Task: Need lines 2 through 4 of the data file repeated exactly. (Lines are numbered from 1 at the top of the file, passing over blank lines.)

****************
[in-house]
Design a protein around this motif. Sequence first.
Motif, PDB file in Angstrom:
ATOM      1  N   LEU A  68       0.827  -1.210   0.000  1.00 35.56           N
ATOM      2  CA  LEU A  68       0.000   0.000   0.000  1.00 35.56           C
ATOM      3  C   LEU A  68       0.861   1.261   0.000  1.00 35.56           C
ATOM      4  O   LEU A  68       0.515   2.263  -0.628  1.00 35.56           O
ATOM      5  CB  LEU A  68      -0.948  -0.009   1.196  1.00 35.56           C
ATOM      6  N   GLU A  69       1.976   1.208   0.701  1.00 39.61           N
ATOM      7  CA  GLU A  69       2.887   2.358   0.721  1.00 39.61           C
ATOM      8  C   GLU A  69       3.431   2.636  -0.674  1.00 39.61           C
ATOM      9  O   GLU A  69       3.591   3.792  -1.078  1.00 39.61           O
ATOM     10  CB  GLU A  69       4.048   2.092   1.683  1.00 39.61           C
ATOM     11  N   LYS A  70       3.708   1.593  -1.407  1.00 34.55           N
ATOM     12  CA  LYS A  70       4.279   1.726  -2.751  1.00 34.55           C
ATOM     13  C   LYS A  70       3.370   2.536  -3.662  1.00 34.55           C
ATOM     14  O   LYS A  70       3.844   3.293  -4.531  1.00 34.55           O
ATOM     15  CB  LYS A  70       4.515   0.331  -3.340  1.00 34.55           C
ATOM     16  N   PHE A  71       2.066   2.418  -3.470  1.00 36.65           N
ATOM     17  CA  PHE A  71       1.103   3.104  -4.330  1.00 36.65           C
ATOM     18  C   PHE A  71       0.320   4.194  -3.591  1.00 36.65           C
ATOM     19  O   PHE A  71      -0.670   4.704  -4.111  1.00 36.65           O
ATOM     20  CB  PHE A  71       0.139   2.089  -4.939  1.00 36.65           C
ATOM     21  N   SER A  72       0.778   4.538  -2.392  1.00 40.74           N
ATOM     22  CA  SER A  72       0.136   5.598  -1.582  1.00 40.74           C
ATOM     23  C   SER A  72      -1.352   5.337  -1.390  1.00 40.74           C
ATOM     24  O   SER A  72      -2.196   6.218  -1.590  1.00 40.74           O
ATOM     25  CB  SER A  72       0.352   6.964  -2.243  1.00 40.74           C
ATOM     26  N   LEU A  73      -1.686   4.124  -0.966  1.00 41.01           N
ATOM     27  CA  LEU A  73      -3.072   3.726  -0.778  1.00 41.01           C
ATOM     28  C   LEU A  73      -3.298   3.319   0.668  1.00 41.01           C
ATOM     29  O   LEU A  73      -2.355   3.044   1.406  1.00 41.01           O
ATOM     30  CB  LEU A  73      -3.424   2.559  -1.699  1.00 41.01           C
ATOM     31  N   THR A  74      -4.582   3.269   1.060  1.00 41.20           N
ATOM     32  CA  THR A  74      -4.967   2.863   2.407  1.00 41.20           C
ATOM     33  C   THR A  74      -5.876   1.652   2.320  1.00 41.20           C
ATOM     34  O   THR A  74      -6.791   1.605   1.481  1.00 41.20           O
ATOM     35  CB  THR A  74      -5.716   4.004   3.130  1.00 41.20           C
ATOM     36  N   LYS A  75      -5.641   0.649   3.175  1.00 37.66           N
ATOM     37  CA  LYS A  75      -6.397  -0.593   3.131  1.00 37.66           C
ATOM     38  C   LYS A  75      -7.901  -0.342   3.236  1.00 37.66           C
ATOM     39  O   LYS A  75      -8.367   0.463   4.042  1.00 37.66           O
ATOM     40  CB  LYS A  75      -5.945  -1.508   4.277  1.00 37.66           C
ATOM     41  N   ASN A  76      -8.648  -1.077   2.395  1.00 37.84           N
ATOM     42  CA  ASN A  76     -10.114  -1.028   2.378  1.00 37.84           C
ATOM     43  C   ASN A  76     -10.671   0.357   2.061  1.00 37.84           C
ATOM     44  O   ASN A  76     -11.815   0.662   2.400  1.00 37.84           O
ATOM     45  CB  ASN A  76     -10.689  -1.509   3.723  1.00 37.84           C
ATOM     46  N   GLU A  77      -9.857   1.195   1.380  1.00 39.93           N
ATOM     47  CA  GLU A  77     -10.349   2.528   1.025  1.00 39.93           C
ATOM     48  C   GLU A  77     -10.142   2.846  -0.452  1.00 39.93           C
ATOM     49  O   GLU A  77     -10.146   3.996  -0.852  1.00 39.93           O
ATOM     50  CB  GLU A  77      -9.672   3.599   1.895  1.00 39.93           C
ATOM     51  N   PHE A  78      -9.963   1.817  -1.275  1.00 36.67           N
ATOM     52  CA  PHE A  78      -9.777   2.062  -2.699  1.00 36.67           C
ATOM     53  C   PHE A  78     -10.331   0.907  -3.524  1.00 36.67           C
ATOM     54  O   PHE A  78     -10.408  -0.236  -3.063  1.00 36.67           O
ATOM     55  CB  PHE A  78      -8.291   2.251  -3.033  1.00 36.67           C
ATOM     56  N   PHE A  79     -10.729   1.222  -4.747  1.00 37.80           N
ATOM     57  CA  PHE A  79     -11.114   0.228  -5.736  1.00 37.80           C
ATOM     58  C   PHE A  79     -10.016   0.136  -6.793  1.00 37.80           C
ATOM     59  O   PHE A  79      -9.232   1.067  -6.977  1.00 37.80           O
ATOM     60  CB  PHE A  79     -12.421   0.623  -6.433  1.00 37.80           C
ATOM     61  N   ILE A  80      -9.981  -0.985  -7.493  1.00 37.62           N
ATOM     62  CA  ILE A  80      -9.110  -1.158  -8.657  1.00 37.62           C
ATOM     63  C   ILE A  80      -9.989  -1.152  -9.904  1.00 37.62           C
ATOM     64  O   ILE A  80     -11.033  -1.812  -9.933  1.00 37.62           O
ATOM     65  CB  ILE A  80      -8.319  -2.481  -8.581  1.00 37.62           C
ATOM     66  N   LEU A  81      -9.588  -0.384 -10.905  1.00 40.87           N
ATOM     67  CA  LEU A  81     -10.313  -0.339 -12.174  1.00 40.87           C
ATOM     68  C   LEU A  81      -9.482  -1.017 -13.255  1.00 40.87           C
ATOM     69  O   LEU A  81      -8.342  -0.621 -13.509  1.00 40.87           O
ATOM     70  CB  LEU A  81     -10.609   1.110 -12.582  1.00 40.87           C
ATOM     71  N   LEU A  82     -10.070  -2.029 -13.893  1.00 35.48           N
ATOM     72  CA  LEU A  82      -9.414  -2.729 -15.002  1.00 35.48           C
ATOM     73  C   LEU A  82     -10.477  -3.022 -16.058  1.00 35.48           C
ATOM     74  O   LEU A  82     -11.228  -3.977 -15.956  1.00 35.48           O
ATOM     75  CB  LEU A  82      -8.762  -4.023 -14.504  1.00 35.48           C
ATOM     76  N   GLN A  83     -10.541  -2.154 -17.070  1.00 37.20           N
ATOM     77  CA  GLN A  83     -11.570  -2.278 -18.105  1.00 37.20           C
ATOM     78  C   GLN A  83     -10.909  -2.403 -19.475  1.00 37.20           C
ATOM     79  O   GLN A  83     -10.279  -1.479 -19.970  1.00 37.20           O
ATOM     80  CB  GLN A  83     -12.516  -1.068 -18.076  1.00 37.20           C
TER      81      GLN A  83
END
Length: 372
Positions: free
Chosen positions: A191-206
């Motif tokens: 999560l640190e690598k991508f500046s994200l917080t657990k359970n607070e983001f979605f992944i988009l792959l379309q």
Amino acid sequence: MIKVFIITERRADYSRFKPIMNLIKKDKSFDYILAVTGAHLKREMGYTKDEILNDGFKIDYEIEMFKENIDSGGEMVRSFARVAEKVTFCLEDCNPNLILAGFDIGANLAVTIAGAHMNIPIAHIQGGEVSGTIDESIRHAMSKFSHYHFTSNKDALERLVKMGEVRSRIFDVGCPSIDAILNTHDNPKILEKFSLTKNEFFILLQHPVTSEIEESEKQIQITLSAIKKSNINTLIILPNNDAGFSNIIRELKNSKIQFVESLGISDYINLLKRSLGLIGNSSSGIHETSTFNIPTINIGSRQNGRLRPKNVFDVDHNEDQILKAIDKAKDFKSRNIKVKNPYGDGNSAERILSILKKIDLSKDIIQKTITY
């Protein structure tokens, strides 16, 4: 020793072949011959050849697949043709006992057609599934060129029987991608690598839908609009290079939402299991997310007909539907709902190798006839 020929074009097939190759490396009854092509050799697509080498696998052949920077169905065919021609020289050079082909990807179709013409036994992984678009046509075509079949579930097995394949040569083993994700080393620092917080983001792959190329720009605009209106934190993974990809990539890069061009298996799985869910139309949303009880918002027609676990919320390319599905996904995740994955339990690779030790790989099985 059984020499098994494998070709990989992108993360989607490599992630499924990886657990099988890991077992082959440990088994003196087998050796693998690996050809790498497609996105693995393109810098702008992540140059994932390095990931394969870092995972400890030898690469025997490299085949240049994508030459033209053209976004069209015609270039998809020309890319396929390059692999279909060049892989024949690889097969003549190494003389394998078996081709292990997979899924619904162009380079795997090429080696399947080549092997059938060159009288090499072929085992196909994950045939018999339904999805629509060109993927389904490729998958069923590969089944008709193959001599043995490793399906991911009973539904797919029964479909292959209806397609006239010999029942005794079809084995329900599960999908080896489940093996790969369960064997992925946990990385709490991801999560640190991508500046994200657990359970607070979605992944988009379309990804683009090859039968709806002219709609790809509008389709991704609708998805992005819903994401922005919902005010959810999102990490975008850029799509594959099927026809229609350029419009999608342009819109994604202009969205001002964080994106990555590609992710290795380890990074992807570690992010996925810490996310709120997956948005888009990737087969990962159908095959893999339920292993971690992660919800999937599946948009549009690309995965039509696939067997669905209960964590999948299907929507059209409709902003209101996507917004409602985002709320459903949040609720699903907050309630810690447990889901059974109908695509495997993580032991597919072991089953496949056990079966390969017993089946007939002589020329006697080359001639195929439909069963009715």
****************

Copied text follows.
Design a protein around this motif. Sequence first.
Motif, PDB file in Angstrom:
ATOM      1  N   LEU A  68       0.827  -1.210   0.000  1.00 35.56           N